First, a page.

Like other ISO programs, ISO 9001 certification is voluntary. There aren't any legal or regulatory requirements involved – in fact, due to the extra cost, some organizations use the ISO 9000 guidelines without ever applying for certification.
However, in some industries, ISO 9001 certification is nearly universal, so it's hard to be competitive without it. This is true for the automotive industry.
Additionally, government contracts and potential partner organizations may require you to have IAF-approved ISO 9001 certification.
Steps to Get ISO 9001 Certification
Every QMS is different and every company has a different starting place. Therefore, every certification journey is a little different. Regardless, the rough outline will be the same.
Step #1: Decide to Earn ISO 9001 Certification
Implementing an ISO-compliant QMS is a huge undertaking, and the certification process can be long and expensive.
Everyone needs to be on board before you take the journey, from the C-suite to the first-line employees.
This is especially true for the current version of the standard, ISO 9001:2015. In the past, you could earn certification just by having cookie-cutter documentation, but the newest version emphasizes what people are actually doing, not just what they wrote down. ISO 9001:2015 also requires active involvement from an organization's leadership.
To make an informed decision, you'll need the help of someone who understands ISO 9000 standards and the process for building an effective system.
Some organizations choose to contract outside expertise, while others form internal resources. That could mean hiring someone with ISO experience, or it could mean sending an existing employee for ISO training.
Step #2: Build and Implement Your ISO-Compliant QMS
It's a little deceptive to call this a single step, because it's actually a lot of interrelated steps, including:
- Information Gathering: identifying core processes, defining ideal performance, completing gap analysis, conducting risk analysis, creating methods for measuring progress, and more.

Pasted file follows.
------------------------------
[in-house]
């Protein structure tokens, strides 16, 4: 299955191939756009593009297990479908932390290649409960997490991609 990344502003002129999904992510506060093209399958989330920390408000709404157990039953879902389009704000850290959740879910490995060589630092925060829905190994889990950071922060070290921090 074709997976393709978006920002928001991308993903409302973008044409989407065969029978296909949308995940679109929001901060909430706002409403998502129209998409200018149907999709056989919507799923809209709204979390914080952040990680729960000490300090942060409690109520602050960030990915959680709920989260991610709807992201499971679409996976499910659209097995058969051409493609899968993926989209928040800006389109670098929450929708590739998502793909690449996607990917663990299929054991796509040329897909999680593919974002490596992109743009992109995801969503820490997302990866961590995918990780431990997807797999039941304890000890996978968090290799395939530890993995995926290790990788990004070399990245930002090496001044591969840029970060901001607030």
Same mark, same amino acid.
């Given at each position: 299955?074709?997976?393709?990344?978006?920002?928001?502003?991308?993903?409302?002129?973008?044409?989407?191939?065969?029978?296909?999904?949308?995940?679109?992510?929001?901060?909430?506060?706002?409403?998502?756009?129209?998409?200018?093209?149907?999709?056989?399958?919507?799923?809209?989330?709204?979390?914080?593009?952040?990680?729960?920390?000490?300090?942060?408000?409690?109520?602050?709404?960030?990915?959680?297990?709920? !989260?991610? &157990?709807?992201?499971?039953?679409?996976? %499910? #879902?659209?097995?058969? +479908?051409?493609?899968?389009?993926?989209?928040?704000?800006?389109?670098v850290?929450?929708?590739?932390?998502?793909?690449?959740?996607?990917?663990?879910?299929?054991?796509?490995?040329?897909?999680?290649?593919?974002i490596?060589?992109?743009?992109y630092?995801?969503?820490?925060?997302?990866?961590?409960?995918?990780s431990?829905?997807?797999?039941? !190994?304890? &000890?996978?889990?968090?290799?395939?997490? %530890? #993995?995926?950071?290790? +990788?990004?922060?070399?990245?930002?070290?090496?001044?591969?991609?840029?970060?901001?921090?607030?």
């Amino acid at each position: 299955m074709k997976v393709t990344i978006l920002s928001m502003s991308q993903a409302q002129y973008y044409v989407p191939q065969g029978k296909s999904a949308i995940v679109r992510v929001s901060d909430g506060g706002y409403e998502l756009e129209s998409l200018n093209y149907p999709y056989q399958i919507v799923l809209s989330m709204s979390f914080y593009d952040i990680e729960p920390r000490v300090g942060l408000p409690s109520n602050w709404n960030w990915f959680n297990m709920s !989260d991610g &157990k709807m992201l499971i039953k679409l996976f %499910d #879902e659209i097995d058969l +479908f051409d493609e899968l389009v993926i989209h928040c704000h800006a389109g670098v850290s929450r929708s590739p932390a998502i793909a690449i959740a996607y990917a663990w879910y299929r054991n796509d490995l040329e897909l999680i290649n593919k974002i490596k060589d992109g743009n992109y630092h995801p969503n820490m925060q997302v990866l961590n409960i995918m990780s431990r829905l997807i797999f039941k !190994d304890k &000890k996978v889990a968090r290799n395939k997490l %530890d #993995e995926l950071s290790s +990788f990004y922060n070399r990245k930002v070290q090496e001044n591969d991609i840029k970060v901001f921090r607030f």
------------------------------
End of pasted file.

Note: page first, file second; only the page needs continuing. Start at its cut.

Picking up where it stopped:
- ISO Training: training internal auditors to implement and audit the system, teaching managers enough that they can facilitate results, and helping employees understand the reasons for all the coming changes
- Start Standardizing: developing and/redesigning processes, documenting SOPs, creating a reporting system for QMS processes
- Implement Changes: retraining employees, ensuring procedure matches documentation, revise procedures and documentation as needed
You'll want at least one full production cycle with the new system. In many cases, you'll require multiple production cycles as you learn and adjust.
Step #3: Conducting an Internal Audit
The point of an internal audit is to assess the effectiveness of your quality management system and check how well you're following ISO standards.
Based on the results of your internal audit, you may need to implement corrective actions, adjust processes, and update documentation.
Step #4: Register for ISO 9001 Certification
Once you're confident that your QMS meets the requirements of ISO 9001:2015, you'll arrange for an external audit through a properly accredited registrar. If all goes well, they'll issue your certification.
Step #5: Keep Improving and Renewing Your Certification
Renewal of ISO 9001 certification is voluntary, but you have to get your status renewed at least once every 3 years to claim certification.
Since the ISO 9001 standard calls for continuous improvement, re-certification shouldn't be difficult as long as you've continued the system.
Become an ISO 9001 Auditor Online
Did you know you can earn ISO auditor credentials online? We can help, whether your goal is to:
- Perform internal audits to help your organization achieve success and certification,
- Qualify for third-party audits and learn to manage entire auditing systems, or
- Update your knowledge to ISO 9001:2015
You can finish your training from the comfort of your own home for a reasonable price. Check out our full line of ISO courses and contact us today!